Admittedly, this can sound like a good practice: customizing everything to every team member’s needs to increase their productivity. However, this does not take the big picture into account.
If every group in your organization has unique workflows and naming conventions, it will quickly cause compatibility issues.
In turn, these compatibility issues will make it difficult to collaborate across teams or to consolidate or transfer tasks.
Pro-Tip: One solution to manage the chaos is to use explanatory prefixes for configuration items (for example DEV_workflow_scheme or ACC_workflow_scheme), which will make it easier to parse the system. However, it’s still preferable to keep things simple and limit the number of configuration items.
Indeed, if teams have duplicate fields (for example having multiple variations on issue start dates), then it will become almost impossible to find anything.
So please, before creating a new field (or asking your admin to create a new field), double check that there’s not one already available that you can use.
If you’re not an admin, consider the business value of changes that you request: is extensive customization really needed or can you work with the system as it is?
Bad advice 4: Need more functionality? Just install more add-ons
Jira has a rich ecosystem of apps. And while there are plenty Jira apps that can be extremely useful, having too many in your system can cause significant issues.
This can be particularly true when either your Jira instance or the app needs to be updated and compatibility issues come up.
The least problematic setup will always be the core Jira configuration.
What’s more, given the custom functionality that apps add, it’s often far easier to add them than to remove them.
Because of this, it’s wise to be cautious when downloading apps. And to consider whether the new functionality is really needed.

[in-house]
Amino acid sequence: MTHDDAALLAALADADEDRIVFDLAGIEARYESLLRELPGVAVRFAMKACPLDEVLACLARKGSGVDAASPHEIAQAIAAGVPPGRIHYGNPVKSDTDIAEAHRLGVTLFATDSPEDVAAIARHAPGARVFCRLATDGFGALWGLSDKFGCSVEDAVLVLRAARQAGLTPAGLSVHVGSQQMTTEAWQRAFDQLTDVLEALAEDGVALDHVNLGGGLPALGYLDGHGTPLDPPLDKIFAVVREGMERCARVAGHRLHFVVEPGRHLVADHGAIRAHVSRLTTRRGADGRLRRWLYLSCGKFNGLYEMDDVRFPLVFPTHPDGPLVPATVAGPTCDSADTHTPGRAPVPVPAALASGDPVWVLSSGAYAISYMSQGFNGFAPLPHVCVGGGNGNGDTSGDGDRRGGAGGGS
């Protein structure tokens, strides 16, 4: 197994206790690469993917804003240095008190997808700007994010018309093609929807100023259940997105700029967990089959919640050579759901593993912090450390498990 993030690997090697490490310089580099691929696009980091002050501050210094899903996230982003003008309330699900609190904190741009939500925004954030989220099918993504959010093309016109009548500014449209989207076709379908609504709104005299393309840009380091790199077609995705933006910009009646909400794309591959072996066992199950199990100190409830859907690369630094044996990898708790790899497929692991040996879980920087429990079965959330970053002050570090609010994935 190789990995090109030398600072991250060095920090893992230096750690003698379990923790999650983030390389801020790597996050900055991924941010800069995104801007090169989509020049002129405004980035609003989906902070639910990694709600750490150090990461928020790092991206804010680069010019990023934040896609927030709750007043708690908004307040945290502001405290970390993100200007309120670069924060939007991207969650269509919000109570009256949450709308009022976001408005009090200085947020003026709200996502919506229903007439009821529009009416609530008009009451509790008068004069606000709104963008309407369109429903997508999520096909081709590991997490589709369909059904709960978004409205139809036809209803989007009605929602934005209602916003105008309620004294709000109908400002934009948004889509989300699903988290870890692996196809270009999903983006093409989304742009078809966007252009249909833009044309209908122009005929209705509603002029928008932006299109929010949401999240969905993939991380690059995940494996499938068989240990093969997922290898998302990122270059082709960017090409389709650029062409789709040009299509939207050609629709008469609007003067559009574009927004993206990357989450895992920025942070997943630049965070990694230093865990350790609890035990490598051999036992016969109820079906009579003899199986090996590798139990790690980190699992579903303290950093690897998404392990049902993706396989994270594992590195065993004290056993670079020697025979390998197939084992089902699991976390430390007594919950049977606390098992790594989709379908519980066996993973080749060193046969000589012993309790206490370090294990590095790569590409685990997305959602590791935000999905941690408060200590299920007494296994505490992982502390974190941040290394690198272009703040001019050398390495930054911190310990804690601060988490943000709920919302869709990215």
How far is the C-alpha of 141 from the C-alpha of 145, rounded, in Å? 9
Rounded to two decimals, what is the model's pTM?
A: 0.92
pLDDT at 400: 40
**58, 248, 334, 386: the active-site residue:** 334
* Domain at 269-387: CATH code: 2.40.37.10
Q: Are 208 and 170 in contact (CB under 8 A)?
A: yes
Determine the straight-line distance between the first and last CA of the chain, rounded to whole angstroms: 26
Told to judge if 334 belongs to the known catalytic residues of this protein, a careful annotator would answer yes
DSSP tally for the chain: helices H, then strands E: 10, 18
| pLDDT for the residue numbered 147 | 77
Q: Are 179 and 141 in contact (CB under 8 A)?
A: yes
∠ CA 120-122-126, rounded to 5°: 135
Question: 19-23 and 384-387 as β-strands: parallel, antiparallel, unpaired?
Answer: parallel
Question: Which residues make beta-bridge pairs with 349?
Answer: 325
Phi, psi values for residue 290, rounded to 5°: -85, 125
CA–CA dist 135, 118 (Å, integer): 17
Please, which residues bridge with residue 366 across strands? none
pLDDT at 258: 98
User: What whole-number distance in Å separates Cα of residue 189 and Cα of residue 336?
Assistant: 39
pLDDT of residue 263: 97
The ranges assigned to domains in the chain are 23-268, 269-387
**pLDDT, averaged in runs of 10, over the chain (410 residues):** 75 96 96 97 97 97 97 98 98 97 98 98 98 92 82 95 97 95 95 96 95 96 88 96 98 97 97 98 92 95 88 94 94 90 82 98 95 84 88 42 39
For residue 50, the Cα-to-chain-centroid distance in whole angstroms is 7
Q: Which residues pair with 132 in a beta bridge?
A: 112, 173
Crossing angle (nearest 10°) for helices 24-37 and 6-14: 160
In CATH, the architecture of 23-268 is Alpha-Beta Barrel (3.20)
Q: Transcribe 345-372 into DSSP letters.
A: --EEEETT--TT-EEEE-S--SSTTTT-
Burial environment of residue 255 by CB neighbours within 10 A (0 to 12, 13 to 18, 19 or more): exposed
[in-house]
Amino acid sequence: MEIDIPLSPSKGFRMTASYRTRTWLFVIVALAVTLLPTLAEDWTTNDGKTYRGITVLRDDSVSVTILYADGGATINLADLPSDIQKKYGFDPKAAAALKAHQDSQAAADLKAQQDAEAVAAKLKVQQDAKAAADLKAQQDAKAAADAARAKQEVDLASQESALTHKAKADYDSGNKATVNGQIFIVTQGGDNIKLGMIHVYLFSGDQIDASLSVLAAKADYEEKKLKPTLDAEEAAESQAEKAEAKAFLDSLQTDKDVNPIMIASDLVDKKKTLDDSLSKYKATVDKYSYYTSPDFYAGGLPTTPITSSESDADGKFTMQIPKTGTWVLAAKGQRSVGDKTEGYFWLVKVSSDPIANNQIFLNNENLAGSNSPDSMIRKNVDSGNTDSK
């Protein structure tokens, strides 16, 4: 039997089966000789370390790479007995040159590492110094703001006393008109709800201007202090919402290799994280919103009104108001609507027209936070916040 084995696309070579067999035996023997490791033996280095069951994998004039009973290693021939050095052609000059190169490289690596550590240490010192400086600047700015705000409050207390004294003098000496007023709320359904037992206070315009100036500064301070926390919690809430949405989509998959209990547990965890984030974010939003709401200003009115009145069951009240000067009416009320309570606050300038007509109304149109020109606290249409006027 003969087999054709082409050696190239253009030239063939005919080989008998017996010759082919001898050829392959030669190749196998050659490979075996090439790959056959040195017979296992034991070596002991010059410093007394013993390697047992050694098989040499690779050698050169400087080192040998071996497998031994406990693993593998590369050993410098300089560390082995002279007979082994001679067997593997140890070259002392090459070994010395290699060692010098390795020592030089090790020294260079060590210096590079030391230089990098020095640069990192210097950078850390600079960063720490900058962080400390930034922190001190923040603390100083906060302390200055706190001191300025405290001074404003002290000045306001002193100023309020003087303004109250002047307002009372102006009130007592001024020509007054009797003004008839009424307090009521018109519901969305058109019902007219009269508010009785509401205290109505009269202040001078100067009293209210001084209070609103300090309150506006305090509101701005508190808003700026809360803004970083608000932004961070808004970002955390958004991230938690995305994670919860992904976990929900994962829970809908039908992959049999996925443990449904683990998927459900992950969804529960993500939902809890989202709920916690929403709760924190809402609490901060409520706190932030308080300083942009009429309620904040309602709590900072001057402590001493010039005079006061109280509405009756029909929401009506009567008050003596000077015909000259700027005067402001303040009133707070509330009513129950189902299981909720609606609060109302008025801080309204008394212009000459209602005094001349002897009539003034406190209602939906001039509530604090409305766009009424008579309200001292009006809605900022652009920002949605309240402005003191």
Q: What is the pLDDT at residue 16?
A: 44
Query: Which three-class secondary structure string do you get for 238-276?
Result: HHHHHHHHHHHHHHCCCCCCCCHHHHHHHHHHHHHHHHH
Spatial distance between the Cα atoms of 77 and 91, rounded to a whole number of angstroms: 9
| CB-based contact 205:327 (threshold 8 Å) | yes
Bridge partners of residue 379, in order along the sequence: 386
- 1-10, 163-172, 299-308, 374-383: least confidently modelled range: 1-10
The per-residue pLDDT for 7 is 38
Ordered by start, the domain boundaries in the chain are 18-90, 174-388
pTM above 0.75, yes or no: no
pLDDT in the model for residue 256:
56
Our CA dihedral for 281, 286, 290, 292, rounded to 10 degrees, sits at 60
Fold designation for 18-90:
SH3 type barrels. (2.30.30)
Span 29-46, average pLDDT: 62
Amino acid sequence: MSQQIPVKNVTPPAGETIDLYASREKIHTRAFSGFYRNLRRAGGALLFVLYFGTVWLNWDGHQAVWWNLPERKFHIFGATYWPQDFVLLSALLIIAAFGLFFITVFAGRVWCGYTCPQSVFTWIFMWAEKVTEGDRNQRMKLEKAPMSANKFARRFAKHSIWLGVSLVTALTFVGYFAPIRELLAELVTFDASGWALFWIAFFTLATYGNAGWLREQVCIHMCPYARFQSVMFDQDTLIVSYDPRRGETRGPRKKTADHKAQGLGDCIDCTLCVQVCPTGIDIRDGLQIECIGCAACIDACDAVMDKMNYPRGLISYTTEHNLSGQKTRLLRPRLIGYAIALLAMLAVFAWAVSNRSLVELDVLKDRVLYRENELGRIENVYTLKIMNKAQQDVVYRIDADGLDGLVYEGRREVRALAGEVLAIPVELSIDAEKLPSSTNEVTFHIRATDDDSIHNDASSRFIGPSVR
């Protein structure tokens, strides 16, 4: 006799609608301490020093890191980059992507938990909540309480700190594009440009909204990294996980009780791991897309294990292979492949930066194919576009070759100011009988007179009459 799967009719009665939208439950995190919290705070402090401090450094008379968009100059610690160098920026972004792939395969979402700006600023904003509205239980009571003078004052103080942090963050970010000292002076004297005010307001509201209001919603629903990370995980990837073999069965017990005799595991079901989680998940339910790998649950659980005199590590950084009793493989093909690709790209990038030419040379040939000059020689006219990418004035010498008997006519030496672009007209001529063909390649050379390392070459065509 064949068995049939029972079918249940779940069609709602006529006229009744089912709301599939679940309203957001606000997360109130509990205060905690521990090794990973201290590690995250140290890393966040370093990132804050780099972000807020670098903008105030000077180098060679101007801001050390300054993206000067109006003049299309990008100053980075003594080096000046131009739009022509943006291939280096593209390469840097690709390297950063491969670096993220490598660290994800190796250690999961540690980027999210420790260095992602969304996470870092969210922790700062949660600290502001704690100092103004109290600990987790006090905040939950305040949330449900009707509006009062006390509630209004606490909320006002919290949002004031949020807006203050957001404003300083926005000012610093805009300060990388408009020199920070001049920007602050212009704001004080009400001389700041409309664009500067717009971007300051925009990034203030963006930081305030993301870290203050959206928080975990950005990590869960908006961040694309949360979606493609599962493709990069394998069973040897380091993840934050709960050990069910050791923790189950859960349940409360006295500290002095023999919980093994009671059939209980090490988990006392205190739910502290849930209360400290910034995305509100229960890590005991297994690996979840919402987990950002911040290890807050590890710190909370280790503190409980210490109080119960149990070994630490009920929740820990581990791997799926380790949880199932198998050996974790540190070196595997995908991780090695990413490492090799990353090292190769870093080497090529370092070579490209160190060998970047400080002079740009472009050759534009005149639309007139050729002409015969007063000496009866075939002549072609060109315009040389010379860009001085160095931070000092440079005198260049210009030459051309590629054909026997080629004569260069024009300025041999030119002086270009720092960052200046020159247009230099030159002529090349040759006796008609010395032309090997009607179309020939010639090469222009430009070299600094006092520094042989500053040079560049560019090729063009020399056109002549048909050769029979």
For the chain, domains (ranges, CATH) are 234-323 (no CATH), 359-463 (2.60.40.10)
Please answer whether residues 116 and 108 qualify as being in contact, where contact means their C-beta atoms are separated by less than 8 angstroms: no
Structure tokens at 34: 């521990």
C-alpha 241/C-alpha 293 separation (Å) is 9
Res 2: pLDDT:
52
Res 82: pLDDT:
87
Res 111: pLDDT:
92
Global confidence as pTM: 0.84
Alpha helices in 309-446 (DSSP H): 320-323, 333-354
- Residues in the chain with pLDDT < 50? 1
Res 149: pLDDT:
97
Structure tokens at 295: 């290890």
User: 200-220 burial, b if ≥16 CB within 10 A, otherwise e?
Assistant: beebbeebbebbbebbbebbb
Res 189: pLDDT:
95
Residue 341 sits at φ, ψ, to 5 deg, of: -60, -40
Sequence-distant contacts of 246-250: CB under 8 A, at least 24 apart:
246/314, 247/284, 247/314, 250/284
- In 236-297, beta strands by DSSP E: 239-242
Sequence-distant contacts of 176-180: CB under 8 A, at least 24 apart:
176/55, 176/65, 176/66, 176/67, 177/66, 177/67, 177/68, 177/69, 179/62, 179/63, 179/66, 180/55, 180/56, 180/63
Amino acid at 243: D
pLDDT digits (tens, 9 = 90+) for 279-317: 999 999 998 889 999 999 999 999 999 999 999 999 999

It’s also worth taking a view as to how the software will interact with your existing configuration and the other apps that you already have live.
A final thought on this topic: when deciding to work with add-ons please be sure to only select Atlassian Verified apps (or have your admin double-check).
BONUS: Separate your boards into no more than 3 to 6 columns
This might seem obvious but it makes managing boards far, far easier: simply ensure that boards never stretch to more than 6 columns.
If you do use more columns than required, you’ll start to see narrow cards that fundamentally fail to display the information that you need. This will eventually make your board unmanageable and effectively useless.
While some processes undoubtedly require more steps, we strongly advise streamlining when possible to ensure that they are simple, accessible and easy and to understand.
Perhaps the most important piece of advise I can give you is: when using Jira keep it simple.
It can be tempting to customize absolutely everything. But if it’s not thought out in detail, it can get you into trouble.
To summarize what we’ve discussed in this article:
– Only subscribe to the notifications you need
– Limit the number of admins, and only authorize individuals who know what they’re doing
– Ensure consistent workflows, naming conventions and custom fields across your organization
– Limit the number of apps you install
– And limit the number of columns on boards to be 3 to 6 across, so they remain usable
Keep these points in mind when looking at how you use and administer your Jira instance. Trust me, it will make your life far easier!
How about you? Do you agree with the issues we discussed? Did you experience any of these mistakes? Or do you have any other “bad advice” to add? Leave a reply in the comments below!